By collaborating with people who use these diagrams and maps vocationally, I wanted explore the efficacy of these tools and find new meaning in the resulting images. I went to police officers’ homes in Paris to work with them on the Voronoi drawings, which are quite complicated to plot and construct by hand. For the heat maps, the police officers learned to paint with an airbrush at my studio. Aesthetically, the results are quite beautiful: Voronoi diagrams look like geometric, irregular spiderwebs, and the heat maps are colorful biomorphic shapes. Over the course of many sessions, the officers learned new drawing techniques and new ways of looking.

To be valuable crime-fighting tools, Voronoi diagrams and heat maps must be generated very quickly. The hand-drawn versions, therefore, are technically useless because they take so long to create. Crimes used to be discrete dots scattered across a map, but thanks to algorithms the police can more easily spot patterns and trends. By contrast, the drawings, which no longer function as effective tools, are like ghosts: They offer a disturbing detachment between form and function.

I also did this exercise with police officers in Houston last month. That was a very different experience; the climate was quite hostile toward the police. There had recently been numerous unwarranted shootings and arrests throughout the US. In that environment, I got the feeling some people interpreted my workshop and the resulting drawings as some kind of propolice political statement.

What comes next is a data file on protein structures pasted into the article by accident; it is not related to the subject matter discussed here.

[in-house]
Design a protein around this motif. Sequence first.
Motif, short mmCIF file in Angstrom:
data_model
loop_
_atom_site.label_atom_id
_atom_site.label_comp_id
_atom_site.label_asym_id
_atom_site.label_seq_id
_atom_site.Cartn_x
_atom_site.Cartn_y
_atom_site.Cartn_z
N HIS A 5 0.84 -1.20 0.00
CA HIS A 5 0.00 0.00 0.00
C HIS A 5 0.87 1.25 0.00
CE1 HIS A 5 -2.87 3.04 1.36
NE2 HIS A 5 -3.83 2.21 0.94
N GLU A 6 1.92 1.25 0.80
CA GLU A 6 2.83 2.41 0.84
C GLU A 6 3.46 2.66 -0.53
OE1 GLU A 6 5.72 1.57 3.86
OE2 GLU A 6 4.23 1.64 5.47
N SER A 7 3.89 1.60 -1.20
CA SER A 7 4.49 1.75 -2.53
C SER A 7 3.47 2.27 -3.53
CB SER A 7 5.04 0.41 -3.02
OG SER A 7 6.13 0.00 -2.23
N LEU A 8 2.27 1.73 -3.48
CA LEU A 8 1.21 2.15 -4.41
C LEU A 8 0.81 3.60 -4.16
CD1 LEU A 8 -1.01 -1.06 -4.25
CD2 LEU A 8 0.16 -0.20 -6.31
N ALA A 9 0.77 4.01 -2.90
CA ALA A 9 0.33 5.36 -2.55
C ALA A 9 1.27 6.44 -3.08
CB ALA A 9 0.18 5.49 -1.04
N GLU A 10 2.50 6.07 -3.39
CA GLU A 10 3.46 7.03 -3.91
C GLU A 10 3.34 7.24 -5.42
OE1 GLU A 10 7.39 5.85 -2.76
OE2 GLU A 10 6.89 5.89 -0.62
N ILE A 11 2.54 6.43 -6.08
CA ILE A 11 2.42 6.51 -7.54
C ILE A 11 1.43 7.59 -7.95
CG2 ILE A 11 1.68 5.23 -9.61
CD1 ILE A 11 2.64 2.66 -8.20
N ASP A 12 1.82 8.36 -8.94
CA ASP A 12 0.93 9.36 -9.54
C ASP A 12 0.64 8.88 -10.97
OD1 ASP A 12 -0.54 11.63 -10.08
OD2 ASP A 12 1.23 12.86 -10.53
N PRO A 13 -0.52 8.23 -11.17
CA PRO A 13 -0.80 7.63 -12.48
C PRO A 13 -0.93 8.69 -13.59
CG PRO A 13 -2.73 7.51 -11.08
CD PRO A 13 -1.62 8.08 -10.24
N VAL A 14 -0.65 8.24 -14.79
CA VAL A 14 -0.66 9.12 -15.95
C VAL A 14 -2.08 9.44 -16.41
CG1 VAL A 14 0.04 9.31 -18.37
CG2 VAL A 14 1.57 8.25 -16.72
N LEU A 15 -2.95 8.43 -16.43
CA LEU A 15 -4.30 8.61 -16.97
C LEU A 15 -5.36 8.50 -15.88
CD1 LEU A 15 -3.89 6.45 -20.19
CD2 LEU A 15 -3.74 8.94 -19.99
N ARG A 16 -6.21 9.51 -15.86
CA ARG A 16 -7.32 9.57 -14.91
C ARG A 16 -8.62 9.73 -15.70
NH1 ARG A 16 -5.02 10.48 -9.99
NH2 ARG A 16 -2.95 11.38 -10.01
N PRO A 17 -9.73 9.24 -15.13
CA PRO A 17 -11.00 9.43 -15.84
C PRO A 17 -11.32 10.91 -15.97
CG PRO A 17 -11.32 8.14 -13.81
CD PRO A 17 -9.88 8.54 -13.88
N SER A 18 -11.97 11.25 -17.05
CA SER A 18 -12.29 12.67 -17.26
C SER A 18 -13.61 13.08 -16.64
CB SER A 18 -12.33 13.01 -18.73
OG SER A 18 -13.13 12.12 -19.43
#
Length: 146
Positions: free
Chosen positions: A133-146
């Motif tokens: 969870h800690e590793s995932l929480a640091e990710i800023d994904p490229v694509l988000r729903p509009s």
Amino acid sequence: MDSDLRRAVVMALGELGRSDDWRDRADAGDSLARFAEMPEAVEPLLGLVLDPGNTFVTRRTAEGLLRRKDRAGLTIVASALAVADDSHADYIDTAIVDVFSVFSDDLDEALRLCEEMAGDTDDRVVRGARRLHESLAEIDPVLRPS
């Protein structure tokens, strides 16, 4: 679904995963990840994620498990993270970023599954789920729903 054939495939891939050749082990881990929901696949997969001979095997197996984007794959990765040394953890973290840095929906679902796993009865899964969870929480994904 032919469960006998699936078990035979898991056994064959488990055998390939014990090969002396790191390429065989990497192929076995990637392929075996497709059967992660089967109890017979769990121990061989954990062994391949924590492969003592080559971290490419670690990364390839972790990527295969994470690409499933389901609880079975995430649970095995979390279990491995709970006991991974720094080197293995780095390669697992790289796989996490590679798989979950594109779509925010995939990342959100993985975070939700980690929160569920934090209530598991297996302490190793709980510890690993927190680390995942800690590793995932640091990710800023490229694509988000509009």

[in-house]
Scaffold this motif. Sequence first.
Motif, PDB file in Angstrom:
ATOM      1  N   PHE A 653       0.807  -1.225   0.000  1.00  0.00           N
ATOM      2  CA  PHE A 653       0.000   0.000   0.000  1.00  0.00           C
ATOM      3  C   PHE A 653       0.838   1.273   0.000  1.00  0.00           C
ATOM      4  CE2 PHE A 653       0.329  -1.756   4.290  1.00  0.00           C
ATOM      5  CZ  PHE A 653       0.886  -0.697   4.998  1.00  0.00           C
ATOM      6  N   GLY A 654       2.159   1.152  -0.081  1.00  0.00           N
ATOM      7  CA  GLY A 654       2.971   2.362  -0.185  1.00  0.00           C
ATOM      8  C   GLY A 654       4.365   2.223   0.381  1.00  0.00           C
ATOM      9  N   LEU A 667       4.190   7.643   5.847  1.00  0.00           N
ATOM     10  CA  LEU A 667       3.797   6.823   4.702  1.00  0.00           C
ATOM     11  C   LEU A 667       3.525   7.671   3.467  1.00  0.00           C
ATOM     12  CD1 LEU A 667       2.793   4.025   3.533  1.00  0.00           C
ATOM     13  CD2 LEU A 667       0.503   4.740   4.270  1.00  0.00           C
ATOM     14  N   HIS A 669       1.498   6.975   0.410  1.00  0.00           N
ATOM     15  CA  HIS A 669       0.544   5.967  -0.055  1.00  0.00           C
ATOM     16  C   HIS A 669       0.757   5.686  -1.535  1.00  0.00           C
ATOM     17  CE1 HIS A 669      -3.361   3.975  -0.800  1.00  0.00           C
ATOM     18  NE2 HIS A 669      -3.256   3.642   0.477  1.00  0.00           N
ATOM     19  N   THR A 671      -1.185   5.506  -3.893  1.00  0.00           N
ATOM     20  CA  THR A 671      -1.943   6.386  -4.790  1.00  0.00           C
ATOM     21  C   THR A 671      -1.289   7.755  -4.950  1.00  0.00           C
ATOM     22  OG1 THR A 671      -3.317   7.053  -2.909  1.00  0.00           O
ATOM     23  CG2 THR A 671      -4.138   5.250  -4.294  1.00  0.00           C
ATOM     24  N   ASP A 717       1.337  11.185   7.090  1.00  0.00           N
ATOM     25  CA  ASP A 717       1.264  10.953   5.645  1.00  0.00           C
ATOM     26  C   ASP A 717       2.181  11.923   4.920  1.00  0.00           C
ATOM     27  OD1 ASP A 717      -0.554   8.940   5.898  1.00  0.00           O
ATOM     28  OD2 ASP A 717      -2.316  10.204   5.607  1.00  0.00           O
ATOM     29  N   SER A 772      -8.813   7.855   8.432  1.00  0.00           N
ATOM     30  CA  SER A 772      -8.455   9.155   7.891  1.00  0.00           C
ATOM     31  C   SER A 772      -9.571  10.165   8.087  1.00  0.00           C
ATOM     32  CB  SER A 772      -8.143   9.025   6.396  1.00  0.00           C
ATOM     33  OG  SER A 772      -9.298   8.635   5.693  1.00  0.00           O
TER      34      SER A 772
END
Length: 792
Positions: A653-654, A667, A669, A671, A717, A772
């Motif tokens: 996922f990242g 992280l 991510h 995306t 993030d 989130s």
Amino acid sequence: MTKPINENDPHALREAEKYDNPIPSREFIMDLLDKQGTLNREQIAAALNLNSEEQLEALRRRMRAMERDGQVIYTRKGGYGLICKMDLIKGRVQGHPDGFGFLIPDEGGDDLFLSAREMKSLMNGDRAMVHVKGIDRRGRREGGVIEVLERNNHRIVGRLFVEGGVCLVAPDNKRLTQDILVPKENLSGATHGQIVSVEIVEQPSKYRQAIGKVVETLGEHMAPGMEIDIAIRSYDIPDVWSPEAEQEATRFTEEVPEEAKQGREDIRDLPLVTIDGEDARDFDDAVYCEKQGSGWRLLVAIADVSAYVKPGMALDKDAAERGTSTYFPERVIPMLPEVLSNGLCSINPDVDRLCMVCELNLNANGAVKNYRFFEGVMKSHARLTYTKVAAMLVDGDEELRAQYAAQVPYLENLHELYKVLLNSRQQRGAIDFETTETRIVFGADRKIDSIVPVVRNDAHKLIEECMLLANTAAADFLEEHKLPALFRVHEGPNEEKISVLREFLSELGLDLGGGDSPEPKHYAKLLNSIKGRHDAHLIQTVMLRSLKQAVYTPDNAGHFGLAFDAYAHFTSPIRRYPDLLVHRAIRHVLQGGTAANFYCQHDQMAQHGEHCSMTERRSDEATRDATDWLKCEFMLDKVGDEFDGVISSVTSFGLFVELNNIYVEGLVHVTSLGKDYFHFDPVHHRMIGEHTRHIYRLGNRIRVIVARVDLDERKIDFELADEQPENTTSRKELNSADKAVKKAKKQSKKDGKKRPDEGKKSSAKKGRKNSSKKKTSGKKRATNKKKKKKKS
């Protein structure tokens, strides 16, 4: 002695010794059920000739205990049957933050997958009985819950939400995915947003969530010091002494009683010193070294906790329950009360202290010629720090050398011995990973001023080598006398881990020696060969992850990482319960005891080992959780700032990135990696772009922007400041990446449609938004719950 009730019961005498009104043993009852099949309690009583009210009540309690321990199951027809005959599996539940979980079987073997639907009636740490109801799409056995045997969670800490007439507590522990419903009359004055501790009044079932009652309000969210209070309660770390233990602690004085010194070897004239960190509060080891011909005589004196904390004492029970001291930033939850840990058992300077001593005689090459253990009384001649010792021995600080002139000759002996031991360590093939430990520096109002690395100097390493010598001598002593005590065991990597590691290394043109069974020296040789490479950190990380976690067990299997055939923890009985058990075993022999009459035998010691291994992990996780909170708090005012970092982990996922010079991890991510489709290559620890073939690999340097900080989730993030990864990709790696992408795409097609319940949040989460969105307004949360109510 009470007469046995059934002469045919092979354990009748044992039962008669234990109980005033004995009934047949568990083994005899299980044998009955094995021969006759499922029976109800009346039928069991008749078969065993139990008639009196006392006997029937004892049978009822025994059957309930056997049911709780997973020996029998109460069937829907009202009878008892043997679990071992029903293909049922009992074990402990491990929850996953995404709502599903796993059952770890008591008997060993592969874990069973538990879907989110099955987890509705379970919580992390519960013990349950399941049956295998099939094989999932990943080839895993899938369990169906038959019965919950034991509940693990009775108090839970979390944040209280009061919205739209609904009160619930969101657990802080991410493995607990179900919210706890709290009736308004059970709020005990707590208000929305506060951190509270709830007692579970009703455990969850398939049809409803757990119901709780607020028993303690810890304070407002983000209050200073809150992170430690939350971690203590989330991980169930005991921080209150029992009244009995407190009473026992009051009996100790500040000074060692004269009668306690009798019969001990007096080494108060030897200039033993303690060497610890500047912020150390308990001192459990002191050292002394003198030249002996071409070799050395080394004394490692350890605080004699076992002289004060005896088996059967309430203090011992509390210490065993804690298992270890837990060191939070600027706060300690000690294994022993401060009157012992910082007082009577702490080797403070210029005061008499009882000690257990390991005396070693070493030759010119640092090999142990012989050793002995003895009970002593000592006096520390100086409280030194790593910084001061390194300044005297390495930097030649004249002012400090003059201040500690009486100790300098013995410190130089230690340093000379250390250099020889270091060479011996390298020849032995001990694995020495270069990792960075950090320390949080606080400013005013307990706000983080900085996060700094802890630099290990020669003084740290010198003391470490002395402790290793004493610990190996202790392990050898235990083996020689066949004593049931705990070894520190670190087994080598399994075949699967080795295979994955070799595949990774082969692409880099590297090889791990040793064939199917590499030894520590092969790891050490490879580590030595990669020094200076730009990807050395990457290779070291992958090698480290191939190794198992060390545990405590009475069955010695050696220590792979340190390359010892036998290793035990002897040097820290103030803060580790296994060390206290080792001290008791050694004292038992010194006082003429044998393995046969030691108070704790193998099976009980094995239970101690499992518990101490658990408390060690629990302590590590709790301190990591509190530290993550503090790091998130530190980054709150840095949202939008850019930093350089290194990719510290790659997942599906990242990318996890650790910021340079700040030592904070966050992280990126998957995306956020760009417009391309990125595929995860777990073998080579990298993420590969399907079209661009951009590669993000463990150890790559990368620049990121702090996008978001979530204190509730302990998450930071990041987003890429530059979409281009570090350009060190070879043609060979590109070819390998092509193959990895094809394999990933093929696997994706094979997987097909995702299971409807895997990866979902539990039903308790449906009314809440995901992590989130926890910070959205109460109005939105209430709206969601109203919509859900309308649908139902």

After the recent terrorist attacks in Paris, the drawings take on yet another unexpected dimension; they raise the issue of whether these visualization and data-mining tools are efficient and effective. As the French government has declared a state of emergency for three months, we have new laws and less freedom: Demonstrations are forbidden and the police are everywhere, even in my drawings! What began as a commentary on how technology changes police work and public services now appears as a portrait of a city caught between its fear of terrorism and its loss of freedom: Paris under siege.

— Translated from French and as told to Mara Hoberman